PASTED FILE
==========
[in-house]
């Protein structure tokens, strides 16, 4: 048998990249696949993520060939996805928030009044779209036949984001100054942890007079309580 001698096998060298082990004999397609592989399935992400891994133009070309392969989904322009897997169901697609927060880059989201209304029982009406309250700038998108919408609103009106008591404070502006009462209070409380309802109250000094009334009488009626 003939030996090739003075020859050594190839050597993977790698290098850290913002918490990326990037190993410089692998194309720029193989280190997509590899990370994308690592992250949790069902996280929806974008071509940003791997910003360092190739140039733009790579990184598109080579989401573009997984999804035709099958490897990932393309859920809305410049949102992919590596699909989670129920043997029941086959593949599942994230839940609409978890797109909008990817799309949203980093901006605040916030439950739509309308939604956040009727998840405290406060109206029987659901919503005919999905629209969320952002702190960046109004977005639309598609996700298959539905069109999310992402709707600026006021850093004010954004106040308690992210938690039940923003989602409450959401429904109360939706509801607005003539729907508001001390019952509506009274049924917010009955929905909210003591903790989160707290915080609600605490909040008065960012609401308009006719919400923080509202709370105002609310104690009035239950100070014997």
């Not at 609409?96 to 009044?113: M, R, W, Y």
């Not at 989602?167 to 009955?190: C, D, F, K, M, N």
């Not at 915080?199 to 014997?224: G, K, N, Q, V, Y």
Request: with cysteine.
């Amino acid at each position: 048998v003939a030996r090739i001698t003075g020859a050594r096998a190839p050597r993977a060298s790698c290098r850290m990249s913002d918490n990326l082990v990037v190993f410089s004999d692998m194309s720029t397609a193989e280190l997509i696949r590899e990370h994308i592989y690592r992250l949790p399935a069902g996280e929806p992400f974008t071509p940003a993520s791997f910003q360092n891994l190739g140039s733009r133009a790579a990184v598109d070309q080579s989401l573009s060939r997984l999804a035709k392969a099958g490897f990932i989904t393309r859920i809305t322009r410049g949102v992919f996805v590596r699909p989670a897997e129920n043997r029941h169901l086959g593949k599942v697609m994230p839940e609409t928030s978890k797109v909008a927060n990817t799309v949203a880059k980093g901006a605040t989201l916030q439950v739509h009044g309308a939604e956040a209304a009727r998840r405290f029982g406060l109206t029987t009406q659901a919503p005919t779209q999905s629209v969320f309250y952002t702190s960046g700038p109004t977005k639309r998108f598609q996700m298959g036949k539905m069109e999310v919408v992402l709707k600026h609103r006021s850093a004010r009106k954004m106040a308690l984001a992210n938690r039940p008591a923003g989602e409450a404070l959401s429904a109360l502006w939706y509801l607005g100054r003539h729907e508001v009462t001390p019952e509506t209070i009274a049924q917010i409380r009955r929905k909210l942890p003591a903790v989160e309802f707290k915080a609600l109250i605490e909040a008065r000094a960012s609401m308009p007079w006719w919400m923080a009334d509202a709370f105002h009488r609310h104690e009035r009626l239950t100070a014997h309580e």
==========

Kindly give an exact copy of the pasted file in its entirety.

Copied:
[in-house]
């Protein structure tokens, strides 16, 4: 048998990249696949993520060939996805928030009044779209036949984001100054942890007079309580 001698096998060298082990004999397609592989399935992400891994133009070309392969989904322009897997169901697609927060880059989201209304029982009406309250700038998108919408609103009106008591404070502006009462209070409380309802109250000094009334009488009626 003939030996090739003075020859050594190839050597993977790698290098850290913002918490990326990037190993410089692998194309720029193989280190997509590899990370994308690592992250949790069902996280929806974008071509940003791997910003360092190739140039733009790579990184598109080579989401573009997984999804035709099958490897990932393309859920809305410049949102992919590596699909989670129920043997029941086959593949599942994230839940609409978890797109909008990817799309949203980093901006605040916030439950739509309308939604956040009727998840405290406060109206029987659901919503005919999905629209969320952002702190960046109004977005639309598609996700298959539905069109999310992402709707600026006021850093004010954004106040308690992210938690039940923003989602409450959401429904109360939706509801607005003539729907508001001390019952509506009274049924917010009955929905909210003591903790989160707290915080609600605490909040008065960012609401308009006719919400923080509202709370105002609310104690009035239950100070014997």
């Not at 609409?96 to 009044?113: M, R, W, Y």
């Not at 989602?167 to 009955?190: C, D, F, K, M, N």
């Not at 915080?199 to 014997?224: G, K, N, Q, V, Y």
Request: with cysteine.
């Amino acid at each position: 048998v003939a030996r090739i001698t003075g020859a050594r096998a190839p050597r993977a060298s790698c290098r850290m990249s913002d918490n990326l082990v990037v190993f410089s004999d692998m194309s720029t397609a193989e280190l997509i696949r590899e990370h994308i592989y690592r992250l949790p399935a069902g996280e929806p992400f974008t071509p940003a993520s791997f910003q360092n891994l190739g140039s733009r133009a790579a990184v598109d070309q080579s989401l573009s060939r997984l999804a035709k392969a099958g490897f990932i989904t393309r859920i809305t322009r410049g949102v992919f996805v590596r699909p989670a897997e129920n043997r029941h169901l086959g593949k599942v697609m994230p839940e609409t928030s978890k797109v909008a927060n990817t799309v949203a880059k980093g901006a605040t989201l916030q439950v739509h009044g309308a939604e956040a209304a009727r998840r405290f029982g406060l109206t029987t009406q659901a919503p005919t779209q999905s629209v969320f309250y952002t702190s960046g700038p109004t977005k639309r998108f598609q996700m298959g036949k539905m069109e999310v919408v992402l709707k600026h609103r006021s850093a004010r009106k954004m106040a308690l984001a992210n938690r039940p008591a923003g989602e409450a404070l959401s429904a109360l502006w939706y509801l607005g100054r003539h729907e508001v009462t001390p019952e509506t209070i009274a049924q917010i409380r009955r929905k909210l942890p003591a903790v989160e309802f707290k915080a609600l109250i605490e909040a008065r000094a960012s609401m308009p007079w006719w919400m923080a009334d509202a709370f105002h009488r609310h104690e009035r009626l239950t100070a014997h309580e």